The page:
Kais Saied promises to launch ‘national dialogue’ in Tunisia
Tunisian President, Kais Saied, said on Thursday that a “national dialogue” will be launched in which young people will participate and will address topics including the country’s “political and electoral systems”.
This came in a cabinet meeting supervised by Saied at the Carthage Palace, according to a statement by the Tunisian presidency.
At the opening of the council’s work, Saied stressed “the presence of a political will to impart the required efficiency to the government’s work to devote itself to addressing the economic, financial and social conditions in Tunisia.”
According to the statement, the President of the Republic indicated that “a sincere and honest national dialogue will be launched, in which young people will participate in the entire Tunisian territory and will be completely different from previous experiences.”
He added that “the dialogue will address several topics, including the political and electoral systems in Tunisia.”
Saied explained that the dialogue “will take place within an agreed time frame, and within new mechanisms, formulas and perceptions that lead to developing synthesis proposals within the framework of a national conference.”
The Tunisian president stressed that the dialogue “will not include anyone who stole the people’s money or worked for other countries’ interests.”
Tunisia has been experiencing a severe political crisis, as Saied began to take “exceptional” decisions, including freezing the competencies of Parliament, lifting the immunity of its deputies, abolishing the constitutionality monitoring body, issuing legislation by presidential decrees, heading the Public Prosecution and dismissing the Prime Minister, provided that he assumes the executive authority assisted by a government whose president he has appointed.
It is noteworthy that a national dialogue was held in 2013 in Tunisia, following an acute political crisis and the assassination of leftist Popular Front leaders, which ended the rule of the “troika” (a coalition between the Islamic Ennahda movement and two secular parties) and the establishment of a “technocrat” government headed by Mehdi Jomaa in 2014.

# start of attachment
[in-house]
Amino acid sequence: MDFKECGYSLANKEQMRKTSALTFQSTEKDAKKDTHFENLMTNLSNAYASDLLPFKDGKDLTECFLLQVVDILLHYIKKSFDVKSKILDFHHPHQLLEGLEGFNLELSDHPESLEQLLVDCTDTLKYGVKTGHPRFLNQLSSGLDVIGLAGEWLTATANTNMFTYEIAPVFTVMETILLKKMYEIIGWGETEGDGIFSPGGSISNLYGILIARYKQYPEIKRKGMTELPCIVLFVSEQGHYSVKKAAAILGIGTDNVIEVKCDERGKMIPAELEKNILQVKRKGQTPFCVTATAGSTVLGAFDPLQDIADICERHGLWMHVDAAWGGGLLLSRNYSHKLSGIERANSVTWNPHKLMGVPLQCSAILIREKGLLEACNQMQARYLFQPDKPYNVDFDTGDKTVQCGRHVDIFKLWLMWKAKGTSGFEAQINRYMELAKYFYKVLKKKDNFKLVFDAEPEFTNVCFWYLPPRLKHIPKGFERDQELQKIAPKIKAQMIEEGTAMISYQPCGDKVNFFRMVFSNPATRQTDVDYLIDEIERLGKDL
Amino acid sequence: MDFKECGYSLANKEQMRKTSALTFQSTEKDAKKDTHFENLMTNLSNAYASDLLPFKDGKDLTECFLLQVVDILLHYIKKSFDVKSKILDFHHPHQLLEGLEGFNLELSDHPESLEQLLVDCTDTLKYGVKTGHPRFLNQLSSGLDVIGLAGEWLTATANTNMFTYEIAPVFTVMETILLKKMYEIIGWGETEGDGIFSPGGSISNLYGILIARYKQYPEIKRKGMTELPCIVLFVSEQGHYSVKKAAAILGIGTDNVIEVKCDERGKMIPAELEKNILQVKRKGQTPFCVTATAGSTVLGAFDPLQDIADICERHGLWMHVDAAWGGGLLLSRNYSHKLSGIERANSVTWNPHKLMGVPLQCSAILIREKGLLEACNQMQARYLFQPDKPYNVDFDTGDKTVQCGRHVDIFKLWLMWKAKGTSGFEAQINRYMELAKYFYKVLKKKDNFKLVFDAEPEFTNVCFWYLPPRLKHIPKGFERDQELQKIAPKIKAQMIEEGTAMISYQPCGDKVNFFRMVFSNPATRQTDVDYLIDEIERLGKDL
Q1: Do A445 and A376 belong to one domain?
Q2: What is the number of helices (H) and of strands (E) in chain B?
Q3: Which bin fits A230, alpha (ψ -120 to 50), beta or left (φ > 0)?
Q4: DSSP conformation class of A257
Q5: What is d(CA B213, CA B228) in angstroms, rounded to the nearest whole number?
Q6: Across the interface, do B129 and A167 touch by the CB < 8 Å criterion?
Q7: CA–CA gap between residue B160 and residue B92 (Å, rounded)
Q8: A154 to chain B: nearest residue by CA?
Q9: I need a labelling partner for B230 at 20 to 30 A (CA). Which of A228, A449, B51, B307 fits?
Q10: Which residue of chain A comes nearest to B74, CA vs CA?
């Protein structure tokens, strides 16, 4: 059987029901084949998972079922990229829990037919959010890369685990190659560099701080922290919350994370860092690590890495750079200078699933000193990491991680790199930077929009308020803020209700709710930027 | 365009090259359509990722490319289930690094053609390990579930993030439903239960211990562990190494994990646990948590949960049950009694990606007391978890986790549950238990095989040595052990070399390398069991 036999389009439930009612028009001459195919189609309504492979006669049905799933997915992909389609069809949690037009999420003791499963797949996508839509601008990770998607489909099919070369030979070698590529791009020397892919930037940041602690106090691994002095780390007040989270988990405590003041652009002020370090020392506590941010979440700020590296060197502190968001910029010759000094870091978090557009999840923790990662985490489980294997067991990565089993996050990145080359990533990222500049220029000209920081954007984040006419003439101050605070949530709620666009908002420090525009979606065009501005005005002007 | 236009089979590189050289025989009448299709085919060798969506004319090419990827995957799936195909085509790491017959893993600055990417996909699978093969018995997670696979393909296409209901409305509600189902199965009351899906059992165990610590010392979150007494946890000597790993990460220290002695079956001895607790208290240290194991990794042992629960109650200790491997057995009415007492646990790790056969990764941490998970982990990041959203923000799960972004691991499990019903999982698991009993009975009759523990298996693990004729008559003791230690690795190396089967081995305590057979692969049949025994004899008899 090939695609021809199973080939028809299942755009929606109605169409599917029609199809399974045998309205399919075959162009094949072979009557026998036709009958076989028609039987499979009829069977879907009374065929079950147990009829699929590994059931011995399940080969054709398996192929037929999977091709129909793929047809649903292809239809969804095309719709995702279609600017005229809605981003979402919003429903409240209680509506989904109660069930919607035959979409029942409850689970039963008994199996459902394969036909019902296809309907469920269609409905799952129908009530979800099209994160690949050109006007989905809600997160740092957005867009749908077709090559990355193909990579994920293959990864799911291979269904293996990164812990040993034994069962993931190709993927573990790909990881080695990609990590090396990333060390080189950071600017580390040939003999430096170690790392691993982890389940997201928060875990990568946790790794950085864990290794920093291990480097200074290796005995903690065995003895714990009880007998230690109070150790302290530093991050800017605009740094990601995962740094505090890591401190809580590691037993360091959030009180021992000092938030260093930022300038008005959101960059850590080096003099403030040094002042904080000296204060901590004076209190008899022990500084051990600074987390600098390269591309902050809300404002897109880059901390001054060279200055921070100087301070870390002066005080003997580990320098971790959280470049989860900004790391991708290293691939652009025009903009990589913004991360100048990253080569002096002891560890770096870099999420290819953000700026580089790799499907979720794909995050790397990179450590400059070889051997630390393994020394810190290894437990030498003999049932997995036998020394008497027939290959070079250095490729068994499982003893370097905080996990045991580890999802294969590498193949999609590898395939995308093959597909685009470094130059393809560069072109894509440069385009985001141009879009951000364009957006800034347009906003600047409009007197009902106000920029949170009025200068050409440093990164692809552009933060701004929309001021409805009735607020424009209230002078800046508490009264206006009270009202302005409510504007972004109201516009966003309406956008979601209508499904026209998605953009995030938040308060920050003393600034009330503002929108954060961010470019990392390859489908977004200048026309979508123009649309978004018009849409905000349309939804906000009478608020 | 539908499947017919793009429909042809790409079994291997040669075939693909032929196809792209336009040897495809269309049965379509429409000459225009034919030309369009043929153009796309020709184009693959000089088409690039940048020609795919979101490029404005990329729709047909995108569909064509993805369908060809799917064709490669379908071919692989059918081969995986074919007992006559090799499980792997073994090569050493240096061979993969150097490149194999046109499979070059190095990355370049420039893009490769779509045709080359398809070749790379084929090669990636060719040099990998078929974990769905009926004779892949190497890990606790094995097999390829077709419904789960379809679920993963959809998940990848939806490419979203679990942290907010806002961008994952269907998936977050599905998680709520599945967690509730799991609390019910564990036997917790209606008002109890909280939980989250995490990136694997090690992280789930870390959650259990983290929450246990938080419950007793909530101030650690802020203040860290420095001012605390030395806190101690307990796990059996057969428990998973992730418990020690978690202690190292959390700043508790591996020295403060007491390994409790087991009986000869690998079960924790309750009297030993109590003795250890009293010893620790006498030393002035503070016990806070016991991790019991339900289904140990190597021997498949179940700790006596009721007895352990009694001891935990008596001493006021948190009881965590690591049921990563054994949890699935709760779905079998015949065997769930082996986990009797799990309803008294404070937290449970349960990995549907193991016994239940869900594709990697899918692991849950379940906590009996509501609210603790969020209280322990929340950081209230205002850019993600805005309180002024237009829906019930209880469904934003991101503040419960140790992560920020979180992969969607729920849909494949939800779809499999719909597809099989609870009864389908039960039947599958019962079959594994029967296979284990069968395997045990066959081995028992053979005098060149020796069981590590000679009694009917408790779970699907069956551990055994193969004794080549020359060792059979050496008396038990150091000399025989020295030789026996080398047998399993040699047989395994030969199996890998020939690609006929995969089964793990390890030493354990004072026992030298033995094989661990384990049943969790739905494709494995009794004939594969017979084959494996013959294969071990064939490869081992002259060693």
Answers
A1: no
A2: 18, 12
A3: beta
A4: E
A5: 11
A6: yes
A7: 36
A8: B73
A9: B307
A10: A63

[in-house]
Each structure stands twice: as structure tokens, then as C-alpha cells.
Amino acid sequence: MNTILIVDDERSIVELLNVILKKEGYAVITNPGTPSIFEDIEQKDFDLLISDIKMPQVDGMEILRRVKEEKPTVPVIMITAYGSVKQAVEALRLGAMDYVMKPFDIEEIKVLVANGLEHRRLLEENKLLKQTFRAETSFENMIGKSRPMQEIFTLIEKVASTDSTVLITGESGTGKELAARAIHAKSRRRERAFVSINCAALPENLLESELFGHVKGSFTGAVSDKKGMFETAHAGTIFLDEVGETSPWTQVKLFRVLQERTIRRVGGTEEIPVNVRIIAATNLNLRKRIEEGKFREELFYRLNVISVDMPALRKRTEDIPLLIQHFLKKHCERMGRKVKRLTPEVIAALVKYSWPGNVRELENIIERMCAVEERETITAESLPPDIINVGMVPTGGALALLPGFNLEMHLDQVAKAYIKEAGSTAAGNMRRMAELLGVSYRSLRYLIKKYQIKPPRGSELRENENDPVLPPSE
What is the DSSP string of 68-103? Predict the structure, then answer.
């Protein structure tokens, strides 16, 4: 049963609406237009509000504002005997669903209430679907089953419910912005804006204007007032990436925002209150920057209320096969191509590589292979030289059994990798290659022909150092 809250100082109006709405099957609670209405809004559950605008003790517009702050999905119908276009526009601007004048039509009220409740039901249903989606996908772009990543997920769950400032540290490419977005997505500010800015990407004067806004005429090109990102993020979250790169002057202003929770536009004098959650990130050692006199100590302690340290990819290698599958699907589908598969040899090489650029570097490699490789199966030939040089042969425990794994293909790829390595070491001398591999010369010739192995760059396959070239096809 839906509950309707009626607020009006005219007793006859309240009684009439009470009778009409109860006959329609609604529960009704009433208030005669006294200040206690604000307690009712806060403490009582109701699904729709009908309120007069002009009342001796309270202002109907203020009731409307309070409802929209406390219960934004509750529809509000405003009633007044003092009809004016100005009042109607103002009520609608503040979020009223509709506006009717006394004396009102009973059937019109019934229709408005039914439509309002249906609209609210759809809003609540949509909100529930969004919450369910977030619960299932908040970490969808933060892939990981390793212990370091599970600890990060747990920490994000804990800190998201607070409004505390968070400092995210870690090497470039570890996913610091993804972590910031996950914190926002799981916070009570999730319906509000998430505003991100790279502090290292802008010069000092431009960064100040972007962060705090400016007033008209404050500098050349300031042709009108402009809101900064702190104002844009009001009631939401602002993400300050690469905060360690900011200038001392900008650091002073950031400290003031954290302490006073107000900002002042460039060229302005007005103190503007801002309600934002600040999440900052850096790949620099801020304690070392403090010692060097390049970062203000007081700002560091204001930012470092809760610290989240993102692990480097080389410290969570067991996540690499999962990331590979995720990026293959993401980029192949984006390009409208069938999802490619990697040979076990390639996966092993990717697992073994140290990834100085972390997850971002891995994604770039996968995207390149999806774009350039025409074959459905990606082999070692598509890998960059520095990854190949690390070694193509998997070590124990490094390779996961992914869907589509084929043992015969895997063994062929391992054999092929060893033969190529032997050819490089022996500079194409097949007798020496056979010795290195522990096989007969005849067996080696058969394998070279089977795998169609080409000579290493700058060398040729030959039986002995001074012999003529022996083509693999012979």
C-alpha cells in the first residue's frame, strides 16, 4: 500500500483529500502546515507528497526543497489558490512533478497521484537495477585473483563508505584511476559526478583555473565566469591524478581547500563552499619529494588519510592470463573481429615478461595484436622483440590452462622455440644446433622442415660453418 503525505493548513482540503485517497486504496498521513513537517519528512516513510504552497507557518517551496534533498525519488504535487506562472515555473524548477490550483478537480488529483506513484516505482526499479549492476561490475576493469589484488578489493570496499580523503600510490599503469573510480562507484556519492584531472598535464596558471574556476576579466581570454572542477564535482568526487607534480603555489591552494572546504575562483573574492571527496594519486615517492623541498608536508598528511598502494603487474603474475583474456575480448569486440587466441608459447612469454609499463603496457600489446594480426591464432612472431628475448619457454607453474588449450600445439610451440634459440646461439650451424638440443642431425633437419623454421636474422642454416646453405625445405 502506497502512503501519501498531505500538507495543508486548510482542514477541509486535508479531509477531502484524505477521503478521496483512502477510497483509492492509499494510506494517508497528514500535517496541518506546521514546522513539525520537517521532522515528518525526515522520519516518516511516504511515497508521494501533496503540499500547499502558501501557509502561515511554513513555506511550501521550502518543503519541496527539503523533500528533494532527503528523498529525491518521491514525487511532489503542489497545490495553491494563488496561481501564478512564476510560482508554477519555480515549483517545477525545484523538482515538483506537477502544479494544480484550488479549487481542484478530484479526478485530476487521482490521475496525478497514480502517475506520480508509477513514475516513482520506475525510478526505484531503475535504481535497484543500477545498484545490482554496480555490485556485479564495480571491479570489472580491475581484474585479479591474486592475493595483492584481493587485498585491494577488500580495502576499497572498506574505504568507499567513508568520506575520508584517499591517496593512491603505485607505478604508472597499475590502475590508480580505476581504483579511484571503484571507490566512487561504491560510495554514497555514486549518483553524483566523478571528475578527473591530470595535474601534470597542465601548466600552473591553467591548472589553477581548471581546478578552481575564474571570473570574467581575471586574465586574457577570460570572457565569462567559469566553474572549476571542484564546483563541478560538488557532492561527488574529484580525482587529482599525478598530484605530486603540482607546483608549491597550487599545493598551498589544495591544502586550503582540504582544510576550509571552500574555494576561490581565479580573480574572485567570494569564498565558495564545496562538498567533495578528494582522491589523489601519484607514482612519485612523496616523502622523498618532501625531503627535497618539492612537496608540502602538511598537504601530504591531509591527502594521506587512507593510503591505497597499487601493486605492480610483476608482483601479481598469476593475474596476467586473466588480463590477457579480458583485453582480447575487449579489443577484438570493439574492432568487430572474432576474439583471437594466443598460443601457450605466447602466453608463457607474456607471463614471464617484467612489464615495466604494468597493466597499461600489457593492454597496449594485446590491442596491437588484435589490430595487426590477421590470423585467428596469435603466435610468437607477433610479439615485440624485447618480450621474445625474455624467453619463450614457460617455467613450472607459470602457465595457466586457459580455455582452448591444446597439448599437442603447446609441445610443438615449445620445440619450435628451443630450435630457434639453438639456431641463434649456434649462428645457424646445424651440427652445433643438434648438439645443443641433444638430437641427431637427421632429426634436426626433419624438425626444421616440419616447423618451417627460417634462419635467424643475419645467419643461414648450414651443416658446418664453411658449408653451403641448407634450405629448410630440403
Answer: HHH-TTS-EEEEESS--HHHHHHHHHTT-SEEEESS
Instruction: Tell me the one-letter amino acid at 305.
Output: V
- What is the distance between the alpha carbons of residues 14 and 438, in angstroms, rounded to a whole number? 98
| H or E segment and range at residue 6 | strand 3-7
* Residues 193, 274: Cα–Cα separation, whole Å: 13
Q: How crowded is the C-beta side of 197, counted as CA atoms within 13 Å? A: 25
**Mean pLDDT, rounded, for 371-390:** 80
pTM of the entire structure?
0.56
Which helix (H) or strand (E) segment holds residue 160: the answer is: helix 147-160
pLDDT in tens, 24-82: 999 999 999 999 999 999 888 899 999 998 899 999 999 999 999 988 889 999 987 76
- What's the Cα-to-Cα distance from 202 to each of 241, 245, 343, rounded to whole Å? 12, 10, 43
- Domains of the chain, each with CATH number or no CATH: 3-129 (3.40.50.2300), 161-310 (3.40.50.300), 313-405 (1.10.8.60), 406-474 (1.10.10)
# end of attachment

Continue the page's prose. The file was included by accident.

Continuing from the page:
According to the statement, Saied recalled that “as much as Tunisia is keen to continue strengthening relations of cooperation with brotherly and friendly countries, as much as it adheres to its national sovereignty and respect for the choices of the Tunisian people.”
He, once more, “expressed rejection of all attempts to interfere in or offend Tunisia’s internal affairs.”
The statement came hours after the European Parliament voted in favour of a resolution calling for “the full return to democracy in Tunisia, and the resumption of Parliament’s work as soon as possible.”
On 9 October, the Tunisian Diplomatic Corps Syndicate (which includes Foreign Ministry employees) accused former Tunisian President, Moncef Marzouki (2012-2014) of inciting foreign state authorities to take punitive measures against his country, which Marzouki denied and considered a “lie”.
The majority of political forces in Tunisia reject Saied’s exceptional decisions and consider them a “coup against the constitution”, while other forces support them as a “correction of the course of the 2011 revolution”, in light of the political, economic and health crises (the Coronavirus pandemic), the same revolution that overthrew the regime of the late President Zine El Abidine Ben Ali (1987-2011).
Critics say Saied’s decisions strengthened the powers of the presidency at the expense of parliament and the government, and that he aimed to transform the country’s government into a presidential system.
On more than one occasion, Saied, who began a 5-year presidential term in 2019, said that his exceptional decisions are not a coup, but rather measures taken within the framework of the constitution to protect the state from an “imminent danger”, according to his assessment.
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